1. I would say the data science degree would make you more prepared to be a hard-core data scientist, a person really doing the data analysis/gathering/modeling. The Business Analytics degree would better prepare you for a managerial role. I think they both have excellent earning potential and are highly sought after. Given your interests, I think either program could help you reach your goals. Thus, I always say, “choose the program where you will be most successful.” If you enjoy small classes, go to the school with smaller class sizes. If you like warm weather, go to the warmer school. There are many factors to consider, so choose the program most successful for you.

      I hope that helps, and thanks for reading the blog.


  14. Hi Ryan,

    Stanford University will host one of the fastest growing data science conferences, attracting more than 100,000 participants, on March 2. The Women in Data Science (WiDS) Conference features some of the most successful data scientists in the world talking about data science technology, ethics, opportunities, education and other topics.

    Please let me know if you are interested in live streaming the one day conference on your site and talking with a conference speaker prior to the conference. Sample speakers include:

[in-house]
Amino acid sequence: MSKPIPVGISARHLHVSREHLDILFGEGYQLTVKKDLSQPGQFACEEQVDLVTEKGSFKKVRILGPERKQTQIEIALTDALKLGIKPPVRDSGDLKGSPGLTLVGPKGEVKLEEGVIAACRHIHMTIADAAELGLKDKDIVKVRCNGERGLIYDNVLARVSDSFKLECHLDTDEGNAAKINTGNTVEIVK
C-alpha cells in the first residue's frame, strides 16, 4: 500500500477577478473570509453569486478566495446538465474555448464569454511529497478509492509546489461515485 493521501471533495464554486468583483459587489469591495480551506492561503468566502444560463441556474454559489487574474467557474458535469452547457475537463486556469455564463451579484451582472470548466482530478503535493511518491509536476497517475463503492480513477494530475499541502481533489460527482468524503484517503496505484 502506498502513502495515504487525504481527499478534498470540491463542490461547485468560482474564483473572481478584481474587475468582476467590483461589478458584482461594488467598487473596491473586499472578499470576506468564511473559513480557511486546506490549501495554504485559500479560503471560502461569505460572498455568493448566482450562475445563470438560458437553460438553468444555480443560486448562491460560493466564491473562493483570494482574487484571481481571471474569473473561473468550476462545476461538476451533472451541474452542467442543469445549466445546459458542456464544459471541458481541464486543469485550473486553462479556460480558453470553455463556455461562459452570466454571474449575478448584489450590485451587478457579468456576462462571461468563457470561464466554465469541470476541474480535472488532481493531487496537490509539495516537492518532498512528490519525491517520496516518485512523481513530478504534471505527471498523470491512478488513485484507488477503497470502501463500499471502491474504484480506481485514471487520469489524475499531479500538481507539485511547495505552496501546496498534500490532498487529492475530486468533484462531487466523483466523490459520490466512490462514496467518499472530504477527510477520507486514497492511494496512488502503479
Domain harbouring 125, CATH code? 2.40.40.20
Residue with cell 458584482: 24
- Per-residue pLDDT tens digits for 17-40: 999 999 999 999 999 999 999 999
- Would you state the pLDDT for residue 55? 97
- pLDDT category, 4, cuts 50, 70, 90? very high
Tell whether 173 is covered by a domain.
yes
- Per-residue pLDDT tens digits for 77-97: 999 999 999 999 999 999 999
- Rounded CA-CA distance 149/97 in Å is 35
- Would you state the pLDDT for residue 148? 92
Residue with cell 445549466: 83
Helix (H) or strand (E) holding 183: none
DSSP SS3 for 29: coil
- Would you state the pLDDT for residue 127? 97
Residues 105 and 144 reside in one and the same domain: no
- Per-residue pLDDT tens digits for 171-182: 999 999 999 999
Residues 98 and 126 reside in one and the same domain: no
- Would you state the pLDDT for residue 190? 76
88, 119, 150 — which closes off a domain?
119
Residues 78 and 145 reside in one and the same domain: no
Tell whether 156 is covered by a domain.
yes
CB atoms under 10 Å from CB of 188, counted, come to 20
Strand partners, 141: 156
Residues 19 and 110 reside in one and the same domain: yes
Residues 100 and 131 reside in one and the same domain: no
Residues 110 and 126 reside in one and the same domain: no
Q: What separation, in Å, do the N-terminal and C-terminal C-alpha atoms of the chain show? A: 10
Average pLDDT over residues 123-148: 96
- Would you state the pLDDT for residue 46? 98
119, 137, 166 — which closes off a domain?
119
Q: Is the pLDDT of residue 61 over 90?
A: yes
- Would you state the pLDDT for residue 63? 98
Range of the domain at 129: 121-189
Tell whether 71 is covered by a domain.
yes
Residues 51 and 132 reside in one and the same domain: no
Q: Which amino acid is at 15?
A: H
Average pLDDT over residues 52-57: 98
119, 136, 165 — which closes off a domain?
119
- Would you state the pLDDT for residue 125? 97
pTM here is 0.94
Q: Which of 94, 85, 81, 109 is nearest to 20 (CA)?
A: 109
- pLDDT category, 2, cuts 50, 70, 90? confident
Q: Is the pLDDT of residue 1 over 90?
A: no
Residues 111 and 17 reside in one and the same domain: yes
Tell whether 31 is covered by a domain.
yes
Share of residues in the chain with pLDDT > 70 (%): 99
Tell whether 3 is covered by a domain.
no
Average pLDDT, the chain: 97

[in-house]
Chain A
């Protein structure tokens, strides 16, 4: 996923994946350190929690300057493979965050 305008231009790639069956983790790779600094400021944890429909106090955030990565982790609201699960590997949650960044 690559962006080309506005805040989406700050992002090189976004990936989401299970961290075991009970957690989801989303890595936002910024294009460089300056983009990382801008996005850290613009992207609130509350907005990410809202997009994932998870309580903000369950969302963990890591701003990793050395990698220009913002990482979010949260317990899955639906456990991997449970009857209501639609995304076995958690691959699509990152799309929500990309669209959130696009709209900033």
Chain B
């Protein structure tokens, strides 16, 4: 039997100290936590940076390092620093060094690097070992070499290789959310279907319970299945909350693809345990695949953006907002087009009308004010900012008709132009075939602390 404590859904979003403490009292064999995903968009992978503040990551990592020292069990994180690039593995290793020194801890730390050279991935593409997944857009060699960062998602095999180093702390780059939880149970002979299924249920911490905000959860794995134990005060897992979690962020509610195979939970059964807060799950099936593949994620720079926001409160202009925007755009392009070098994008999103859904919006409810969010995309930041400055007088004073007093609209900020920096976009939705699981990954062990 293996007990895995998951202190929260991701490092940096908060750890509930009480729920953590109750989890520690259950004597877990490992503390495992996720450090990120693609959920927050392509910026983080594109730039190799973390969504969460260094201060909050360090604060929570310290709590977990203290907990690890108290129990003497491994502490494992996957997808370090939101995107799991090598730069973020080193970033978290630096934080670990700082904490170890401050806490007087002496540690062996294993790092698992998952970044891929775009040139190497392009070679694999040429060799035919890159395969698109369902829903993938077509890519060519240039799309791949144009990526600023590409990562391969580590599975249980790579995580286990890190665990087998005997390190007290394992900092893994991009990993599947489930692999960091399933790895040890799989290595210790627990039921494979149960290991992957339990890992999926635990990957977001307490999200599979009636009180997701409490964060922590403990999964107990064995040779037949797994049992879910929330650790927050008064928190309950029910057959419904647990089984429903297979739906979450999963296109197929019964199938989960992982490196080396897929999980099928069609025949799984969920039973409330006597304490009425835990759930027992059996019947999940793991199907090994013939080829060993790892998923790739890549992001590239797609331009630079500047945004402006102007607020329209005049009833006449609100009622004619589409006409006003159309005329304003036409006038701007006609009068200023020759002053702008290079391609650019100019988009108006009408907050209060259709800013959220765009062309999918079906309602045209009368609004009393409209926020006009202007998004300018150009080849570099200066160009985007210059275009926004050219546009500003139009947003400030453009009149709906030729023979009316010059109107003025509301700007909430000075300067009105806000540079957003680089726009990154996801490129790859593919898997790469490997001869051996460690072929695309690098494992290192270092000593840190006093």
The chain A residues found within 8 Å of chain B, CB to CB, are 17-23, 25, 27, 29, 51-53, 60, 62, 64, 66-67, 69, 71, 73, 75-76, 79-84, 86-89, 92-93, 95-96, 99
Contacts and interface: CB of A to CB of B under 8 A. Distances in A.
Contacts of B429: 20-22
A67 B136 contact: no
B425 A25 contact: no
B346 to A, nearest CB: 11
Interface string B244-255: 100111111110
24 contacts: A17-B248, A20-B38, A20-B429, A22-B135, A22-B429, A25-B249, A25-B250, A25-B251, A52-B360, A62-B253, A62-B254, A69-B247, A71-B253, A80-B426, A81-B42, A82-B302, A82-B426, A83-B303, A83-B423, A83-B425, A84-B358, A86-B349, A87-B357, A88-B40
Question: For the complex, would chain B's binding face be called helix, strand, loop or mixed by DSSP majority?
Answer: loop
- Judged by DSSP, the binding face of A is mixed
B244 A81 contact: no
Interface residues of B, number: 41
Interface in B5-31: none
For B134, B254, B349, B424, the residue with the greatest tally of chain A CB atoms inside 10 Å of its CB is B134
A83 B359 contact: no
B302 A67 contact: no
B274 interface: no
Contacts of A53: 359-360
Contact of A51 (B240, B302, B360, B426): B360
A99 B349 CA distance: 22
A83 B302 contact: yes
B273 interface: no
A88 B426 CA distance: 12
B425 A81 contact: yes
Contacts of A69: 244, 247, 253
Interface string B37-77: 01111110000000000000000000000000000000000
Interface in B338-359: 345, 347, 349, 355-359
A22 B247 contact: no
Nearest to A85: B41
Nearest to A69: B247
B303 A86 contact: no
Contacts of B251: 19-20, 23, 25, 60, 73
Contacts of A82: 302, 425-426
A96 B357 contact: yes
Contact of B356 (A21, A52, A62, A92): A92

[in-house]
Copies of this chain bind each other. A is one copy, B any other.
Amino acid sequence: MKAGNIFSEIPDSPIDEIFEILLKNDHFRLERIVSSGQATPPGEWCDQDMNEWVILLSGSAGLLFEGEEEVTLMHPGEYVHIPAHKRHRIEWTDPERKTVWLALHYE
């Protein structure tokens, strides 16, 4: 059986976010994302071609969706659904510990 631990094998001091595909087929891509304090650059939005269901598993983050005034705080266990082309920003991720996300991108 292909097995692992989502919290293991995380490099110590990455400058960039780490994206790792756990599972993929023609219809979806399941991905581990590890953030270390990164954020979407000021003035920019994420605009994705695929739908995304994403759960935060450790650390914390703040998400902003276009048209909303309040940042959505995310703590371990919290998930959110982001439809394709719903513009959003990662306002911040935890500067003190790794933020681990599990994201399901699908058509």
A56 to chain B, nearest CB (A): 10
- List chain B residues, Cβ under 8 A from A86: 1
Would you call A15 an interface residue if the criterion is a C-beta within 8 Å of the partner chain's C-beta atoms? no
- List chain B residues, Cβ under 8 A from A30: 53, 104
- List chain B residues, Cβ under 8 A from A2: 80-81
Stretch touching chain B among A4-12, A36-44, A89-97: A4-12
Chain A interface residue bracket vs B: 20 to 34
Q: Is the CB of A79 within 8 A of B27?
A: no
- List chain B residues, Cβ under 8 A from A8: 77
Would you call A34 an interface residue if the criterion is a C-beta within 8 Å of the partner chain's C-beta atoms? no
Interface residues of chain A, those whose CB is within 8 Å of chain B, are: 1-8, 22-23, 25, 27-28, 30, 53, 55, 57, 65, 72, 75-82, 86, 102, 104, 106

Margot Gerritsen, Senior Associate Dean, Stanford University
    Rama ​Akkiraju, IBM Fellow and Director of A.I. Operations
    Been Kim​, Research Scientist, Google Brain

    Relevant topics from 2019 include:

    Machine Learning and the Evaluation of Criminal Evidence
    Understanding the Limitations of AI: When Algorithms Fail
    Building Trust in the Digital Age

    The conference format is intended to engage and inspire women to pursue careers and do more with data science. Stanford University partners with the leading data science programs in academia and the private sector to bring together the top data scientists.

    Please let me know if you’re interested in talking with the WiDS speakers before the conference and posting the live stream on your site.

    Thank you